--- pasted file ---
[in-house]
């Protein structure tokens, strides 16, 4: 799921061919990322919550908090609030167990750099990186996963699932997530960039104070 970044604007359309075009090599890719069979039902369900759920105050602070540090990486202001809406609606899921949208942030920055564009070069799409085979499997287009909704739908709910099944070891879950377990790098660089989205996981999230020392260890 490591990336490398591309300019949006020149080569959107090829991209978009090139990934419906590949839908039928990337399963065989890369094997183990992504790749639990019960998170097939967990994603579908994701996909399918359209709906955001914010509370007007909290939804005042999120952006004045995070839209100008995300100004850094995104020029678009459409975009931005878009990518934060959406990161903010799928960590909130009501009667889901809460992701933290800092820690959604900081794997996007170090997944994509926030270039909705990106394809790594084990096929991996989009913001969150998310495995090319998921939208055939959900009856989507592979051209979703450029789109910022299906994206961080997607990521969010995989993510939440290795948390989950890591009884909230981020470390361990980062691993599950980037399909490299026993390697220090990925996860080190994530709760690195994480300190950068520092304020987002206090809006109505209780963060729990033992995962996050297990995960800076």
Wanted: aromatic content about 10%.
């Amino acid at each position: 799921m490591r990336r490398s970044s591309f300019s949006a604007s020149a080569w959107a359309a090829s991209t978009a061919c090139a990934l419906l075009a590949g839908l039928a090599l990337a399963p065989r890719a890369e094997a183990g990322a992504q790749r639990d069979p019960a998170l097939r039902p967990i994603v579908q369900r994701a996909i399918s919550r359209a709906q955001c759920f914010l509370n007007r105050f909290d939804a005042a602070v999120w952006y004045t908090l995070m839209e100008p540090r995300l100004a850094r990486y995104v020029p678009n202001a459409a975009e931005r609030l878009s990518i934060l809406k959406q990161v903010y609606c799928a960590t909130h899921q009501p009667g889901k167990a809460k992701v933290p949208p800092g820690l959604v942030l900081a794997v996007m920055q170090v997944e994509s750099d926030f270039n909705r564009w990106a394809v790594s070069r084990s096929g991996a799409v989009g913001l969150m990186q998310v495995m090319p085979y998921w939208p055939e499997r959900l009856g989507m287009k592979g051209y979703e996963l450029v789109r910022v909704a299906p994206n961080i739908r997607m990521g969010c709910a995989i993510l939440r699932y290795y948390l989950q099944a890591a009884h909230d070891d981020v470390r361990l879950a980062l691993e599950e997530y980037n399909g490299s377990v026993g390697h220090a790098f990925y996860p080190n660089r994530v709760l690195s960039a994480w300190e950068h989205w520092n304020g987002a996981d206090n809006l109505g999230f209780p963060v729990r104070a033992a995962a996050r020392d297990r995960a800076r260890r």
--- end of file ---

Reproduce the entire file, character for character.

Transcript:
[in-house]
């Protein structure tokens, strides 16, 4: 799921061919990322919550908090609030167990750099990186996963699932997530960039104070 970044604007359309075009090599890719069979039902369900759920105050602070540090990486202001809406609606899921949208942030920055564009070069799409085979499997287009909704739908709910099944070891879950377990790098660089989205996981999230020392260890 490591990336490398591309300019949006020149080569959107090829991209978009090139990934419906590949839908039928990337399963065989890369094997183990992504790749639990019960998170097939967990994603579908994701996909399918359209709906955001914010509370007007909290939804005042999120952006004045995070839209100008995300100004850094995104020029678009459409975009931005878009990518934060959406990161903010799928960590909130009501009667889901809460992701933290800092820690959604900081794997996007170090997944994509926030270039909705990106394809790594084990096929991996989009913001969150998310495995090319998921939208055939959900009856989507592979051209979703450029789109910022299906994206961080997607990521969010995989993510939440290795948390989950890591009884909230981020470390361990980062691993599950980037399909490299026993390697220090990925996860080190994530709760690195994480300190950068520092304020987002206090809006109505209780963060729990033992995962996050297990995960800076």
Wanted: aromatic content about 10%.
């Amino acid at each position: 799921m490591r990336r490398s970044s591309f300019s949006a604007s020149a080569w959107a359309a090829s991209t978009a061919c090139a990934l419906l075009a590949g839908l039928a090599l990337a399963p065989r890719a890369e094997a183990g990322a992504q790749r639990d069979p019960a998170l097939r039902p967990i994603v579908q369900r994701a996909i399918s919550r359209a709906q955001c759920f914010l509370n007007r105050f909290d939804a005042a602070v999120w952006y004045t908090l995070m839209e100008p540090r995300l100004a850094r990486y995104v020029p678009n202001a459409a975009e931005r609030l878009s990518i934060l809406k959406q990161v903010y609606c799928a960590t909130h899921q009501p009667g889901k167990a809460k992701v933290p949208p800092g820690l959604v942030l900081a794997v996007m920055q170090v997944e994509s750099d926030f270039n909705r564009w990106a394809v790594s070069r084990s096929g991996a799409v989009g913001l969150m990186q998310v495995m090319p085979y998921w939208p055939e499997r959900l009856g989507m287009k592979g051209y979703e996963l450029v789109r910022v909704a299906p994206n961080i739908r997607m990521g969010c709910a995989i993510l939440r699932y290795y948390l989950q099944a890591a009884h909230d070891d981020v470390r361990l879950a980062l691993e599950e997530y980037n399909g490299s377990v026993g390697h220090a790098f990925y996860p080190n660089r994530v709760l690195s960039a994480w300190e950068h989205w520092n304020g987002a996981d206090n809006l109505g999230f209780p963060v729990r104070a033992a995962a996050r020392d297990r995960a800076r260890r």